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Hi there,

I'm looking for information on how much to charge for a t.shirt. I want to make sure i am not charging to much or too little. I have sold 3/4 printed t.shirts already and i have just started out and would like to find my feet more on the pricing structure. The t.shirts i printed sold between £7.99 and £9.99, 2 was for text and small image on front and the other was for text on the front. These were done on white t.shirts.

I would also like to know what i should charge for wholesale, do i keep the same price per t.shirt?:confused:

Thank you in advance:)
 

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I'm no expert in the t-shirt business, it's just a small part of my business. But here are a few general ideas.

There are two elements of value in a printed T-Shirt. One is the intrinsic value of the shirt, represented by the quality of the blanks used, the quality of the printing, and the utility of the shirt as a garment. This is usually the smallest part of the value, although still very important elements. This is the only element where your cost of goods is relevant in determining the selling price.

The second and often more valuable element of value is the value of the design which is extrinisic and largely subjective to the buyer. A very clever or attractive design by a talented designer can add huge value to the shirt. Sometimes hundreds of dollars for limited edition T-Shirts by famous artists, but this is rare. It is the design that separates the Lucky Brand from cheaper shirts. That's why they cost $40-$70 bucks. That's also why only certain buyers are willing to pay that much. For some, the designs are not worth the premium or they are not appealing. Again, this element of value is subjective.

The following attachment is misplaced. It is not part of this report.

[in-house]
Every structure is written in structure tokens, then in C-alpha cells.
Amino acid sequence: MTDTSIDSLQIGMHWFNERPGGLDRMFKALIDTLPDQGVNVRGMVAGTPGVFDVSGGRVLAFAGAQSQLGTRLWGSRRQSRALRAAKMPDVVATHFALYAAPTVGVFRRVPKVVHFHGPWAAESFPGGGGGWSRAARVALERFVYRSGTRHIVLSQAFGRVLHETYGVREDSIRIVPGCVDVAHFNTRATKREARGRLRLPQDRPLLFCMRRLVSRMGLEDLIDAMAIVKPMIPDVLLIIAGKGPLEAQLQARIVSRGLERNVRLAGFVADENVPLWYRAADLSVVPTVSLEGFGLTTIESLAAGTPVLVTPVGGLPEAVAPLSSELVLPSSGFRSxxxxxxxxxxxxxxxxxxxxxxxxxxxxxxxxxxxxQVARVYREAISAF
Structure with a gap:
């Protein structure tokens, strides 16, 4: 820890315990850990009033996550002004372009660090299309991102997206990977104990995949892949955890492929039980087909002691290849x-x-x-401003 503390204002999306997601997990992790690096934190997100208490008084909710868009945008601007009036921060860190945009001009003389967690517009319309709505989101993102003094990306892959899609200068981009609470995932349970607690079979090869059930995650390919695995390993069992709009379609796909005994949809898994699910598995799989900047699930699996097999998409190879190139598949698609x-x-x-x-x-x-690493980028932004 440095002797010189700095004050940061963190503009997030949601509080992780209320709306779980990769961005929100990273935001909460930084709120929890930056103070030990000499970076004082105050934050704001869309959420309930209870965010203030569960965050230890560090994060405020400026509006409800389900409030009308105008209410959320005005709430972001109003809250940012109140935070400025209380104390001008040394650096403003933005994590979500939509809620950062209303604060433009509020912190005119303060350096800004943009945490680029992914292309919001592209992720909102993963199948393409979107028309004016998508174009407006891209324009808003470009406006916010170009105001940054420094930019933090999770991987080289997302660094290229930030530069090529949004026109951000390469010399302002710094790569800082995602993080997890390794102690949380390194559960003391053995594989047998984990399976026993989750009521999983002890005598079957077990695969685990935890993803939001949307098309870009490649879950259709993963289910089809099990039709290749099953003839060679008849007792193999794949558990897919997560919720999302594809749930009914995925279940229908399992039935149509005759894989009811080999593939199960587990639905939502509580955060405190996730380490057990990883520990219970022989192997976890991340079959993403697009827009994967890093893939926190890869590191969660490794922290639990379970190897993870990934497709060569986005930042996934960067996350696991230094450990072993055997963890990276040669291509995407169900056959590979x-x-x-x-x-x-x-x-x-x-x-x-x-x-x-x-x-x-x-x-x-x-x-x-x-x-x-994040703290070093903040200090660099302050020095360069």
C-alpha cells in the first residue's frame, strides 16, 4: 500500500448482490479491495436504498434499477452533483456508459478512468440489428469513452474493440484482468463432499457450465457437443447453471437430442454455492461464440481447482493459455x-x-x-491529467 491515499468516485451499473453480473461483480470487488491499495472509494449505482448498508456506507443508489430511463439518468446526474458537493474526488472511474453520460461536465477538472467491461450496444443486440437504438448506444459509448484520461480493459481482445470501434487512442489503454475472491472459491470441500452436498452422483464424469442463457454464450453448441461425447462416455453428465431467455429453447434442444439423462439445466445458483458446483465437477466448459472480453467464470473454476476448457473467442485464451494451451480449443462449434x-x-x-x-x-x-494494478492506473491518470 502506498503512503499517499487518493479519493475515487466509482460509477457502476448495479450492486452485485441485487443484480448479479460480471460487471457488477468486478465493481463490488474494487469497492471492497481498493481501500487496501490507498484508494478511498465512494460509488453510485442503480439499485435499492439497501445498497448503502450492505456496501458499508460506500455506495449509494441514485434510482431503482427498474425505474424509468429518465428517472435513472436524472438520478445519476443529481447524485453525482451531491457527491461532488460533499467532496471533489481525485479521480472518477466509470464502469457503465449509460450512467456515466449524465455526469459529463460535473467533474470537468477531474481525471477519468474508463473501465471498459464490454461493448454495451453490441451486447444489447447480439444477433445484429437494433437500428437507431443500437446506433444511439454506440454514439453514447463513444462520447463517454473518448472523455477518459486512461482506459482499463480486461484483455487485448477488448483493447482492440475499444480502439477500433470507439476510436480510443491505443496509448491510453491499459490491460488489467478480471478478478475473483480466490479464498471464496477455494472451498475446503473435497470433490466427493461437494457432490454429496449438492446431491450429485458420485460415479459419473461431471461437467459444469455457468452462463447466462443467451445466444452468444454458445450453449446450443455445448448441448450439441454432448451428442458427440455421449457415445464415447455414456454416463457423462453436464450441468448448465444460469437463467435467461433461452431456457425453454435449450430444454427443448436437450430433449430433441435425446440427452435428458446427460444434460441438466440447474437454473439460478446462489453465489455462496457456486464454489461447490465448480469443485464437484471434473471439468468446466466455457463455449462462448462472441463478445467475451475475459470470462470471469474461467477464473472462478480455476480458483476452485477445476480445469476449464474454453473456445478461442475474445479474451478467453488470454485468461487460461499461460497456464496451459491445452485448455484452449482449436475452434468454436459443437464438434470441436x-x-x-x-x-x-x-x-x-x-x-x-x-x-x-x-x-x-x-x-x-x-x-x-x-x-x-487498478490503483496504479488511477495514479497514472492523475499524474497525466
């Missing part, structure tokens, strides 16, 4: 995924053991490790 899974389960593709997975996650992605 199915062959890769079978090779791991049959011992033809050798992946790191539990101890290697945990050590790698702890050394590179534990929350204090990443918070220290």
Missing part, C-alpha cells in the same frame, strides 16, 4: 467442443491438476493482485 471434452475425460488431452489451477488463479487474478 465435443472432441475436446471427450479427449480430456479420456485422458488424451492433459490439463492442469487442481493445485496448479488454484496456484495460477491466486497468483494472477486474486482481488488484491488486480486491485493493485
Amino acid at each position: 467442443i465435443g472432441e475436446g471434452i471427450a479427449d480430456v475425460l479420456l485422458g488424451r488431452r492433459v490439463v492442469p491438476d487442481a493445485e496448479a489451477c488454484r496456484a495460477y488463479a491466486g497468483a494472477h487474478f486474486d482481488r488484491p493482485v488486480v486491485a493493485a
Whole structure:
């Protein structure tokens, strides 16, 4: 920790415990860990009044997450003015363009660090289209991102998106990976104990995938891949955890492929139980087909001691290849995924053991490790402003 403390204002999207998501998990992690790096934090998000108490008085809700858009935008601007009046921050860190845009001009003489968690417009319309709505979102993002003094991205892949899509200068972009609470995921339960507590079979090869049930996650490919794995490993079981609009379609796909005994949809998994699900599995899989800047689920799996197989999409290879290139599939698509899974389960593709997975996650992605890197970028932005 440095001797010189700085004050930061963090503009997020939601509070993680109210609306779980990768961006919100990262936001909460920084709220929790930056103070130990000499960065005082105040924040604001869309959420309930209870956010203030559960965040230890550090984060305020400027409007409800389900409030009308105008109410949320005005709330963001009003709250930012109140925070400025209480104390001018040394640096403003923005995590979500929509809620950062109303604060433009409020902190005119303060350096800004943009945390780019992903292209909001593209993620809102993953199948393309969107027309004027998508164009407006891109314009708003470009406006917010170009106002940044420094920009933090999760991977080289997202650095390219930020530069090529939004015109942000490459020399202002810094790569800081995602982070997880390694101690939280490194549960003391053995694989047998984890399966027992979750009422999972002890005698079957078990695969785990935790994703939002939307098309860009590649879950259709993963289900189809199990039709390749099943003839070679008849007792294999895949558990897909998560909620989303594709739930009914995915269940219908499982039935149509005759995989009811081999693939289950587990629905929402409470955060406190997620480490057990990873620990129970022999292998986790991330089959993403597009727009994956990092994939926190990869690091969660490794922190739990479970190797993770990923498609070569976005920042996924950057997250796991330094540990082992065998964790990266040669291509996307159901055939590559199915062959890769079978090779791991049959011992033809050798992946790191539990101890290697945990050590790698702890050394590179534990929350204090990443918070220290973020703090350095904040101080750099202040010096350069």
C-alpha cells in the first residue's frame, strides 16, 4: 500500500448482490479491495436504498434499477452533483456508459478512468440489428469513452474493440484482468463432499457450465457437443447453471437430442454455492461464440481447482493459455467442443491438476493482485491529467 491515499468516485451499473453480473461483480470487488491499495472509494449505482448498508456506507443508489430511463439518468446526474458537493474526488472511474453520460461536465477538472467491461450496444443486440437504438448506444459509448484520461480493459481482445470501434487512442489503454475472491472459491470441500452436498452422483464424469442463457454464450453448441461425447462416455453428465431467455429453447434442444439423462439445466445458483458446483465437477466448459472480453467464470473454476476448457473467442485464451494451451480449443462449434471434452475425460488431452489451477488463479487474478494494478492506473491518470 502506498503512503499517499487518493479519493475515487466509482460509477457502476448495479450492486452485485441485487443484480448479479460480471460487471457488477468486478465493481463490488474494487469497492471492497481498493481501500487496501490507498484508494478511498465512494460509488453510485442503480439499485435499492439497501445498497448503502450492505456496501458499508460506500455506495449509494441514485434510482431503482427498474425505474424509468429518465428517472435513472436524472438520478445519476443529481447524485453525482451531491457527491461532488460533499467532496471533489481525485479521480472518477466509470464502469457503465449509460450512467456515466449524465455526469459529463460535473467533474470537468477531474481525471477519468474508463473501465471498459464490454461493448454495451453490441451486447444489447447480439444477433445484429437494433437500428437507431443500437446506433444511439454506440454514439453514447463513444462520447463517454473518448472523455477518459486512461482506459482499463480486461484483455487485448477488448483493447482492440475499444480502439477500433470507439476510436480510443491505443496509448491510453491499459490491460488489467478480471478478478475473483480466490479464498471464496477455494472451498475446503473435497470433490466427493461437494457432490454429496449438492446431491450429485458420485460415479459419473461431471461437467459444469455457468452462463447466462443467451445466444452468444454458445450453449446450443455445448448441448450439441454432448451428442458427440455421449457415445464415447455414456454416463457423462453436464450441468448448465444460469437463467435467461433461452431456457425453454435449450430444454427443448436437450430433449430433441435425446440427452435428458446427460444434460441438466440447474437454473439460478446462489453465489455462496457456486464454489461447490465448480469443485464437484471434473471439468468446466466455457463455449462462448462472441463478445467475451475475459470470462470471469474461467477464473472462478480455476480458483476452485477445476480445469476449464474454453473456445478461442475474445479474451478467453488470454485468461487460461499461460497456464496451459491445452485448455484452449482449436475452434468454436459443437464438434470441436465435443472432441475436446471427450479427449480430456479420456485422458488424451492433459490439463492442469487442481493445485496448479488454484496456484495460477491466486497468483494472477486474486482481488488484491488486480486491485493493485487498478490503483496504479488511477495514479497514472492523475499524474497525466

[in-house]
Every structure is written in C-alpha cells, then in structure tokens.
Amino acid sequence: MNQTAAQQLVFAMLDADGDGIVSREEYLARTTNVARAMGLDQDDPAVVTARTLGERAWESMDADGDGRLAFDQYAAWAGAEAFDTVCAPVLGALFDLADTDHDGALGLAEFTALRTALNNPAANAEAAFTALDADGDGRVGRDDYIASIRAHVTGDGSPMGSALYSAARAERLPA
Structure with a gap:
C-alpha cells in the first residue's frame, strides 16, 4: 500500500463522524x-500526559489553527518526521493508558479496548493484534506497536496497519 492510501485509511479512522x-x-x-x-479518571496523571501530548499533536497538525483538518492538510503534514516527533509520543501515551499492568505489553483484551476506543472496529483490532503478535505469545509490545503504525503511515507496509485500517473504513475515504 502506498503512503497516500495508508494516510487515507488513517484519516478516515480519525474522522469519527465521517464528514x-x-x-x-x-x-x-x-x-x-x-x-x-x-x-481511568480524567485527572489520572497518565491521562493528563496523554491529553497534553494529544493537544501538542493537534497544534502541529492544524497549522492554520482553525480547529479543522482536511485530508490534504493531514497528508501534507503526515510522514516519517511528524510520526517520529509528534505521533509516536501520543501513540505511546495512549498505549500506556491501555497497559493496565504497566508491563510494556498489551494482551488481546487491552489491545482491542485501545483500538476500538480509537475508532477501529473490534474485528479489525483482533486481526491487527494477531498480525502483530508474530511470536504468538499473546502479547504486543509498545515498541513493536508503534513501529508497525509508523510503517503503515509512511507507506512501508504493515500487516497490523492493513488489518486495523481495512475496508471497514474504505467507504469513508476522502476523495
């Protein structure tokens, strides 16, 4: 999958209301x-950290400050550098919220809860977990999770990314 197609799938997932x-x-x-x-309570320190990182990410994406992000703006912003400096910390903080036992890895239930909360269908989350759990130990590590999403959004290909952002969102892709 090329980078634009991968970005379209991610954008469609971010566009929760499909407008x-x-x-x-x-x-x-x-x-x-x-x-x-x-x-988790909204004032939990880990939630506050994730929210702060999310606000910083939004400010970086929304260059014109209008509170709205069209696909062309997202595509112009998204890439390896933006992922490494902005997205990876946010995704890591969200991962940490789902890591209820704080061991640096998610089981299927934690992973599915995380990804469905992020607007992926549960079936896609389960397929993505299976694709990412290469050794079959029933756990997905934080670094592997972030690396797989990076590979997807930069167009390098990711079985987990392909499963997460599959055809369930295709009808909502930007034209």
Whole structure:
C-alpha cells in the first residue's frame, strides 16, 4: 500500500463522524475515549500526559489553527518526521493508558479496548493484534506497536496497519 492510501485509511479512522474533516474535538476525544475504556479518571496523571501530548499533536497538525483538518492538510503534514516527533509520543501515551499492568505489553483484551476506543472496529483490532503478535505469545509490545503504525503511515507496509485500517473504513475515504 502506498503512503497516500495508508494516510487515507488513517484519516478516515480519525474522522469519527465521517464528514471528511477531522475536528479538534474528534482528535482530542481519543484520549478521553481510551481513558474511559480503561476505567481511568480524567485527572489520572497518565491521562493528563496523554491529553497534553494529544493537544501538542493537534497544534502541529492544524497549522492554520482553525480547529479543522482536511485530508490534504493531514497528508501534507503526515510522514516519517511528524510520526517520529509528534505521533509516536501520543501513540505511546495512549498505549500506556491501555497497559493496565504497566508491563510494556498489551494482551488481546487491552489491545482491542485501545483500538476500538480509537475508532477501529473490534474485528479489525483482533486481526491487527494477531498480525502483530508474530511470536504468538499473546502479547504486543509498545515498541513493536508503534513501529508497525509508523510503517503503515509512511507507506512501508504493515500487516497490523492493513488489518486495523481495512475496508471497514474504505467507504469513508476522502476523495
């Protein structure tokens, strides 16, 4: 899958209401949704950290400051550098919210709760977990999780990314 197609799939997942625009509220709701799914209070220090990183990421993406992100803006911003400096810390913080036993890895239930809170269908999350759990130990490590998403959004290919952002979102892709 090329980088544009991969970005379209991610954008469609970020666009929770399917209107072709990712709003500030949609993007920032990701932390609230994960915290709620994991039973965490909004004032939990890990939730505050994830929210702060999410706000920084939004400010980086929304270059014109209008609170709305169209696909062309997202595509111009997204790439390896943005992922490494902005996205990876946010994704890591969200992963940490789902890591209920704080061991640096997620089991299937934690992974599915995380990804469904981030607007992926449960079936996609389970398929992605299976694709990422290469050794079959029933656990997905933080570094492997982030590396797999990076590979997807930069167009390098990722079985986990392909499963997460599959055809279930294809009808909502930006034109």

Exploiting these elements of value depends on finding the right buyers. Ed Hardy and Lucky find them by wholesaling to Nordstroms. For the rest of us, it is a lot more difficult. You need the right outlet and marketing to reach the right buyers for your product.

As for wholesale vs. retail price and markups, it largely depends on where you fall on the value scale. The more extrinsic value, the more mark-up over cost of goods you can demand. For shirts with small extrinsic value, you have to settle for less mark-up and make your money in volume.

I hope this is helpful.
 

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base your pricing on your competitors pricing.
theres two types of pricing to consider

penetration pricing
coming in cheaper than the competition to steal market share.

price skimming
have a really high price (still realistic) and then drop your price for a sale and sell lots. This is what most T-shirt brands do......
 
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